On April, 4, 1968, I turned 10. Double digits! Birthdays were always special in our family, and this one did not disappoint. My dad came over for dinner. We had my favorite meal. My mom made an ice cream cake, complete with “surprises” inside—pennies, dimes, and nickels, folded in wax paper, that were placed in the batter before it was baked. We played some games, and then I sat down to watch Sally Field play Sister Bertrille in The Flying Nun.
Except it wasn’t on…there was breaking news about an assassination. A man named Rev. Dr. Martin Luther King, Jr. had been shot in Memphis Tennessee.
I didn’t know who he was. I watched the broadcast and learned about this remarkable man of faith. As I listened, the scales of innocence that I wore as a child fell off. I realized that my experience of the world was not everyone else’s experience. I didn’t know what “racism” meant when I was nine, but at 10, this word entered my vocabulary through the murder of Rev. Dr. King.
Ever since that date, my birthday has been tempered by this act of violence that took the life of this pastor/prophet who was seeking to help a nation regain its soul by living into its cherished values of liberty and justice for all. Every year since 1968, I have read more of his speeches and sermons, learned more about his life, and have come to a better understanding of the impact of both his life and death.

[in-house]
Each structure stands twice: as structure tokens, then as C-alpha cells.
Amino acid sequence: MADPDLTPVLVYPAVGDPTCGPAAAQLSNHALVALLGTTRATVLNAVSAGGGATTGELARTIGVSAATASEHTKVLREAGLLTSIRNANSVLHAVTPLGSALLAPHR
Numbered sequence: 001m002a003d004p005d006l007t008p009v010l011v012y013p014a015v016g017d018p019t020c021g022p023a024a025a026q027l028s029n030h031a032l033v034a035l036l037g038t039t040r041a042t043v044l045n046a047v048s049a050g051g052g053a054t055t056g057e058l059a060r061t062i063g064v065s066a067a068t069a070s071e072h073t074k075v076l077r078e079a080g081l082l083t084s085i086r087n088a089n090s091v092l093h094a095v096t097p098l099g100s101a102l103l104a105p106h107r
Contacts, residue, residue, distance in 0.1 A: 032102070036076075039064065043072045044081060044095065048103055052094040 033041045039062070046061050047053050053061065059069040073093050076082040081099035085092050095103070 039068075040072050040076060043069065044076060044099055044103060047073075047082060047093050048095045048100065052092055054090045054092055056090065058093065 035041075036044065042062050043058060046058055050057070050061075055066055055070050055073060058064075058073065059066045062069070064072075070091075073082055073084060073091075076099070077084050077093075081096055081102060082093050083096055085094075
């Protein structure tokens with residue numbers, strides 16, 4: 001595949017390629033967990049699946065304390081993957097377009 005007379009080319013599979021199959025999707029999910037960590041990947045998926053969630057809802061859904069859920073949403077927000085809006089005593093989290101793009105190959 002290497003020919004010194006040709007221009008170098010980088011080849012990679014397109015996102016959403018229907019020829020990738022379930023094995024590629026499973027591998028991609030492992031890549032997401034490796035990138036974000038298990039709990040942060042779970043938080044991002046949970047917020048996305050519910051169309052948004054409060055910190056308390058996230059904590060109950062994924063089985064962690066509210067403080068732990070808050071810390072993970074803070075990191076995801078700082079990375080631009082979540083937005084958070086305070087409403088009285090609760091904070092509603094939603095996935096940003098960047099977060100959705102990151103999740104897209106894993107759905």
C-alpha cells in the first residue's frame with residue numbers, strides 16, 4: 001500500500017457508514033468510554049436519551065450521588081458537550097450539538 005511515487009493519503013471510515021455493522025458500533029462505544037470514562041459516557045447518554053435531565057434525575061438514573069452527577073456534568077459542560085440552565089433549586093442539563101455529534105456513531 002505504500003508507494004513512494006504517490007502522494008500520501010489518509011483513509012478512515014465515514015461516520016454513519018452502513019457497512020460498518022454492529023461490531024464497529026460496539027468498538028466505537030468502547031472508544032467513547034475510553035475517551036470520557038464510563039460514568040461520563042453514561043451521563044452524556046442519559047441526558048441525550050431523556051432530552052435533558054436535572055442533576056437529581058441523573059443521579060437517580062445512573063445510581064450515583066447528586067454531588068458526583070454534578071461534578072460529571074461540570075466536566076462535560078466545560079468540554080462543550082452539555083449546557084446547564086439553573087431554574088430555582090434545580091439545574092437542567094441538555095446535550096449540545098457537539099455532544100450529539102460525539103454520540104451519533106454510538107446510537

My vocation as a pastor has been informed by Rev. Dr. King. His words and witness have challenged me to understand racism and the privilege that is granted me by my whiteness, the overt and subtle ways racism limits lives and the generational trauma that slavery has inflicted on African Americans. I have had to speak out when some have sought to diminish, disregard, or dishonor the dignity of another because of their race. We all, every one of us, are made in the image of God. To deny the sacred worth of someone because of skin color mocks our Maker.
It has been 50 years since King’s death. Fifty years of birthdays. As I turn 60, I knew I had to be in Washington, D.C. for the ACT to End Racism Rally. Racism continues to fracture and harm the human family. I am here to recommit myself to the hard work King called us to engage in: to challenge and confront anything that creates tombs of death and stands in the way of justice and fairness, anything that seeks to create second class citizenship, anything that attempts to deny the dignity and self-worth of any of God’s beloved children.
Fifty years ago, a gunman sought not to defer a dream, but to put it to death. But his bullet simply shattered it, so its pieces live on in those of us who seek to bring healing to the human family, so that every person is seen as precious, as we create Beloved Community together: that place whose hallmark is love, justice, compassion and kindness.